Christmas Day itself actually, is often times a let down. It's just one, single day. And before you know it, it's dark outside and you're sitting on the couch in some sort of sugar/food/gift coma surrounded by empty boxes wondering where the heck you're gonna find space for all of your new stuff.

I don't believe Christmas was meant to be just a one-shot-a-year deal. Hello, the 12 Days of Christmas? But even before Christmas Day arrives, there's excitement in the waiting. The anticipation. Days brimming with hope. And if you're the kind that follows, is interested in or even just intrigued by Jesus, there is MUCH to expect. The type of expectation that won't let you down. 

Around Easter time this past year I referenced a book called "Living the Christian Year" by Bobby Gross. Next to the Bible, I would venture to say that this book has had the most impact on my spiritual journey than any other book I've read. On the subject of Advent, he quotes another author who beautifully describes the waiting we do during Advent. 

"Of all types of waiting, the waiting of pregnancy is most like the waiting that we do during Advent. The waiting of pregnancy is like the waiting we do for God." - Wendy Wright from her book Keeping Watch in the Season of Christ's Coming

Think about it. When someone is pregnant they are consumed by it. And often times, so are the people around them. We throw parties and give gifts. We have such hopes and dreams of the future to come. It's all we can talk about. Scripture captures this beautifully:

All around us we observe a pregnant creation. The difficult times of pain throughout the world are simply birth pangs. But it’s not only around us; it’s within us. The Spirit of God is arousing us within. We’re also feeling the birth pangs. These sterile and barren bodies of ours are yearning for full deliverance. That is why waiting does not diminish us, any more than waiting diminishes a pregnant mother. We are enlarged in the waiting. We, of course, don’t see what is enlarging us. But the longer we wait, the larger we become, and the more joyful our expectancy. Romans 8:22-25 The Message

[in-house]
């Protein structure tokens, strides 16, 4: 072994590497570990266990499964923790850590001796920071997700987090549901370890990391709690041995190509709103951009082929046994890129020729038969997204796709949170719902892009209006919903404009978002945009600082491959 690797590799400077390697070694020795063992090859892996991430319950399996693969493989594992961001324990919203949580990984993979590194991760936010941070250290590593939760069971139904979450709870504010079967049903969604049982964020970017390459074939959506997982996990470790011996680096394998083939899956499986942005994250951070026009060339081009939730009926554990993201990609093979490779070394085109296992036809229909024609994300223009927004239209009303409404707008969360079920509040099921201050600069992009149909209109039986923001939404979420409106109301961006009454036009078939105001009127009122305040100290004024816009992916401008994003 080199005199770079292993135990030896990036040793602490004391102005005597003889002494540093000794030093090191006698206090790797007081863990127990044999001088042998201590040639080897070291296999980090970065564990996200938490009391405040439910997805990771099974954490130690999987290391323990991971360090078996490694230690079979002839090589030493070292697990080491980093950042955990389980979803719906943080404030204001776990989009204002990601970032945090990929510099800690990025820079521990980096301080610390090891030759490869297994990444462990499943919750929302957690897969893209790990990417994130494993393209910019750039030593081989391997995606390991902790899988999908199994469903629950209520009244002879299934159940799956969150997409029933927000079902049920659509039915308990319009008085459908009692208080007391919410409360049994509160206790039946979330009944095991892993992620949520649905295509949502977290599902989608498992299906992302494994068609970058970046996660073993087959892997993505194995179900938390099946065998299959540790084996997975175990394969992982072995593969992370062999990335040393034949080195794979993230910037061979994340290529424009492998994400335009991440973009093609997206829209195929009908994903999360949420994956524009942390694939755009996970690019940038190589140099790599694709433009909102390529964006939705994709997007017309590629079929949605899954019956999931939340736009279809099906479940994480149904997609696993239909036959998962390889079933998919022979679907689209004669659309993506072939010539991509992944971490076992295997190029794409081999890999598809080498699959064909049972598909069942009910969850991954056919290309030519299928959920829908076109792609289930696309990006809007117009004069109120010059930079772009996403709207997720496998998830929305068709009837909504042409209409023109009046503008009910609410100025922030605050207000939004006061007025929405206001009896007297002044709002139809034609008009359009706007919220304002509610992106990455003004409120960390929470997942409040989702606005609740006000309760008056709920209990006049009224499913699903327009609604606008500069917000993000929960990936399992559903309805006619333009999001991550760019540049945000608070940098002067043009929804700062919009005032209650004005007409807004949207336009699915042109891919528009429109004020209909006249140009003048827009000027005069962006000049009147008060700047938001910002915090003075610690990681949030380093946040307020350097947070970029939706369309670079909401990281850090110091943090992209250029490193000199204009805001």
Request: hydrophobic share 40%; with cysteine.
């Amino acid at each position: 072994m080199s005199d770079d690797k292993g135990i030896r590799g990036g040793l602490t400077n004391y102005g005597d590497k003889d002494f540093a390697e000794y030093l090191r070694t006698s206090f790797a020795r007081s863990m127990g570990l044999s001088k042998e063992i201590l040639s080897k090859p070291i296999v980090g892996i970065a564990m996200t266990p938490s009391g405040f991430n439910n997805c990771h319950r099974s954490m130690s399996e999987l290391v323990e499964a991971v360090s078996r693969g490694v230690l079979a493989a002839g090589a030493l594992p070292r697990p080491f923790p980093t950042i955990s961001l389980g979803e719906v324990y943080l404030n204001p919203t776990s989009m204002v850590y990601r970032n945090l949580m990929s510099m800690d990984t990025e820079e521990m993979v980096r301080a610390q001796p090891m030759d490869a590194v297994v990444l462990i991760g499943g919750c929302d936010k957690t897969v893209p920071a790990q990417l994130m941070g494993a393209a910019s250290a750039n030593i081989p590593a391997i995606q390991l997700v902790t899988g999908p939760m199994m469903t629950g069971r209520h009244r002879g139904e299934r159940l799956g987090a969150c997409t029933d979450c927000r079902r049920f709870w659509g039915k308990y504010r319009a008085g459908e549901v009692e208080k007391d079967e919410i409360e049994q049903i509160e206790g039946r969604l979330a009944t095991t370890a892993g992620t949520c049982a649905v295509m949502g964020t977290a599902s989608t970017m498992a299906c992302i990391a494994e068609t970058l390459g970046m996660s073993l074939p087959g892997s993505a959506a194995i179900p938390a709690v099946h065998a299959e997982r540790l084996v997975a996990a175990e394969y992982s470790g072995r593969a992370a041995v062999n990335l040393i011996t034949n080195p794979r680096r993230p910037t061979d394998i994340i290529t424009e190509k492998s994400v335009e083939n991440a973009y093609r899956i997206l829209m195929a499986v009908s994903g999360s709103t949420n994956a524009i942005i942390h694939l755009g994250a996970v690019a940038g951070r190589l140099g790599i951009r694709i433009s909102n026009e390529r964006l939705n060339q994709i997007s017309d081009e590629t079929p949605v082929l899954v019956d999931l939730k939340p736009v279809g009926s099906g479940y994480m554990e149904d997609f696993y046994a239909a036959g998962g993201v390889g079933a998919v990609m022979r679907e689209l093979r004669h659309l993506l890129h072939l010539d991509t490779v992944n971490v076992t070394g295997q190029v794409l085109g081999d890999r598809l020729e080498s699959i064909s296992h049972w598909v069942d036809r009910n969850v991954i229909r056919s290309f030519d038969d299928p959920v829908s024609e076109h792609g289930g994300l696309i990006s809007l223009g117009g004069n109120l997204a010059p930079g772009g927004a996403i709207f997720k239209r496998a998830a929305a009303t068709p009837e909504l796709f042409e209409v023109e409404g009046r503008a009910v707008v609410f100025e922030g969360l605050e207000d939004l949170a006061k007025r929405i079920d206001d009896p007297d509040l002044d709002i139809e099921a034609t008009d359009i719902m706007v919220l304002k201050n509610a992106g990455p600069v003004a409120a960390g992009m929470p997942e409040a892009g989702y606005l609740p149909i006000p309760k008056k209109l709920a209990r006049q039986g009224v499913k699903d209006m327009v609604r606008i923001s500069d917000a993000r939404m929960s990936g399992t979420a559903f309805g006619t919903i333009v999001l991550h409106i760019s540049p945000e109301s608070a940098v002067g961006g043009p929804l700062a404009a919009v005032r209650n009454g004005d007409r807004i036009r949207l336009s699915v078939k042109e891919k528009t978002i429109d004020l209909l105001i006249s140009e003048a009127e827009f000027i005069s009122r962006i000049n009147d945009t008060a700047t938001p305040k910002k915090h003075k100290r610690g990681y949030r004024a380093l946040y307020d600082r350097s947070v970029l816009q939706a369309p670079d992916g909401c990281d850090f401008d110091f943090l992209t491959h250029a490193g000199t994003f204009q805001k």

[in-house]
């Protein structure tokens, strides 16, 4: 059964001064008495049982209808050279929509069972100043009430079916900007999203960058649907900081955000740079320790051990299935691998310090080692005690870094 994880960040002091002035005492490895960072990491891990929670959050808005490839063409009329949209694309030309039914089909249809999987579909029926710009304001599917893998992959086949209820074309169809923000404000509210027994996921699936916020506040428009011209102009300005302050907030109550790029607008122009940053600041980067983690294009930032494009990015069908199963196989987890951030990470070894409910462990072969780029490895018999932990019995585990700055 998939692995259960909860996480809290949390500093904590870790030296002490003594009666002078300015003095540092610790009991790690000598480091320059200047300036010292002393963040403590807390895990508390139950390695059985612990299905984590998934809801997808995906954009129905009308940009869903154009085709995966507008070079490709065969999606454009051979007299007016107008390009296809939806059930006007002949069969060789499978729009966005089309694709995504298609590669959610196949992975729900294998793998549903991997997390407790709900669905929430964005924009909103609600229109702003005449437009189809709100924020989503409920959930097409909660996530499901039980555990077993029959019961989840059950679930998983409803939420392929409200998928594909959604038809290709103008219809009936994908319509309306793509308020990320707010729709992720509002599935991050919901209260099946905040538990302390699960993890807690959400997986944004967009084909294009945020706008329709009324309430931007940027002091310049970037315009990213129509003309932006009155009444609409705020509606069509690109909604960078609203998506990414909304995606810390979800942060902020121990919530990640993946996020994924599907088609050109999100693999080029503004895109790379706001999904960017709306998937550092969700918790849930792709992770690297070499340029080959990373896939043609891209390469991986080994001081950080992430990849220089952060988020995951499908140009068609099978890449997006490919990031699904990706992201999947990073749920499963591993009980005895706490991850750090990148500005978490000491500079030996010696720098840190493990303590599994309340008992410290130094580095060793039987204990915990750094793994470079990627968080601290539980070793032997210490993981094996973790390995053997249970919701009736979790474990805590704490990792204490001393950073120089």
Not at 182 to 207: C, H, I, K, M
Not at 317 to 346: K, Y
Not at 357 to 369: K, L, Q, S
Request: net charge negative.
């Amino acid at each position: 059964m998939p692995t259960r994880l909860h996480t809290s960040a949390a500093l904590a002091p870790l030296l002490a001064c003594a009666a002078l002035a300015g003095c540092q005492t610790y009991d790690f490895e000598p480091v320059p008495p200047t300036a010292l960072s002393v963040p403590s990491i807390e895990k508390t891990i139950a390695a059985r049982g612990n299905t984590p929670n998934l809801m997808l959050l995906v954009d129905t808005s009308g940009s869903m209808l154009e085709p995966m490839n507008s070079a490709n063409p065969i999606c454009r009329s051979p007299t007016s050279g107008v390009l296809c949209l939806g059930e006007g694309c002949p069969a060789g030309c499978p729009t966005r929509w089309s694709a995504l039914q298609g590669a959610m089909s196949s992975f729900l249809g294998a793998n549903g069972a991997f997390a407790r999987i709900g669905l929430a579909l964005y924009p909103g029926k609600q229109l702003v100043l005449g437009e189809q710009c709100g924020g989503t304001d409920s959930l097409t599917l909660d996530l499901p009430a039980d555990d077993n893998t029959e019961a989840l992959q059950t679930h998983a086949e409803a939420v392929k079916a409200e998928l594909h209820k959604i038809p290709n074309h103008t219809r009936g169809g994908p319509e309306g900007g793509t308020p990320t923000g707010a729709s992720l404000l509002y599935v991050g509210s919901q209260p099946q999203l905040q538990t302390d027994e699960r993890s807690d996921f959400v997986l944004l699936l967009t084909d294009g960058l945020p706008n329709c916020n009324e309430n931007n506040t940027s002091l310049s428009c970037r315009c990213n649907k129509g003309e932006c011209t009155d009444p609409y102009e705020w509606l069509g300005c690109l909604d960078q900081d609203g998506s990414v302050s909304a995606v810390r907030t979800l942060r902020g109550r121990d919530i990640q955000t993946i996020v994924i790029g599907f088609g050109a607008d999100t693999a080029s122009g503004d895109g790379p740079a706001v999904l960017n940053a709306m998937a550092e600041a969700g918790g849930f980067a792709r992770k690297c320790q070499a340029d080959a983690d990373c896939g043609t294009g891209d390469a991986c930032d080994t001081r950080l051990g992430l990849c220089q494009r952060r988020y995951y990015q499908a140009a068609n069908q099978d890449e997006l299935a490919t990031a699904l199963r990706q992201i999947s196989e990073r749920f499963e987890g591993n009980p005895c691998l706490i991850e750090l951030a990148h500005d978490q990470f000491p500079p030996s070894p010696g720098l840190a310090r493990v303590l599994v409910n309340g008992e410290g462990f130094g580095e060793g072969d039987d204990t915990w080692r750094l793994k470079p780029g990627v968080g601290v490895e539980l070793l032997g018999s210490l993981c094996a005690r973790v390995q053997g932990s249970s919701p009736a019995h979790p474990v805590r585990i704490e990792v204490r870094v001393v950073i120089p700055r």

In a way it's obvious. Christmas is about the birth of a baby. Mary was obviously pregnant. Of course pregnancy is the epitome of anticipation.

So things have been happening around the Martin household, both inward and outward, in light of this season of waiting. More on that later. For now, I'll leave you with a little something else from Mr. Bobby Gross:

"Advent is a season for waiting; we wait for the coming of God. We need him to come. Our world is messed up and we are messed up. We lament our condition and long for God to set things right, to make us better. So we pray and watch for signs of his presence. We do all we know to do so that we are open and ready. In the midst of hardship and disappointment we continue to wait. We wait in hope. We believe that something is happening in our world, something is taking shape in our lives, something large, light-filled and life-giving. Even in December's lengthening darkness, this seed of joyful hope grows within us. We are pregnant with it. In our waiting, we are enlarged. God is coming!"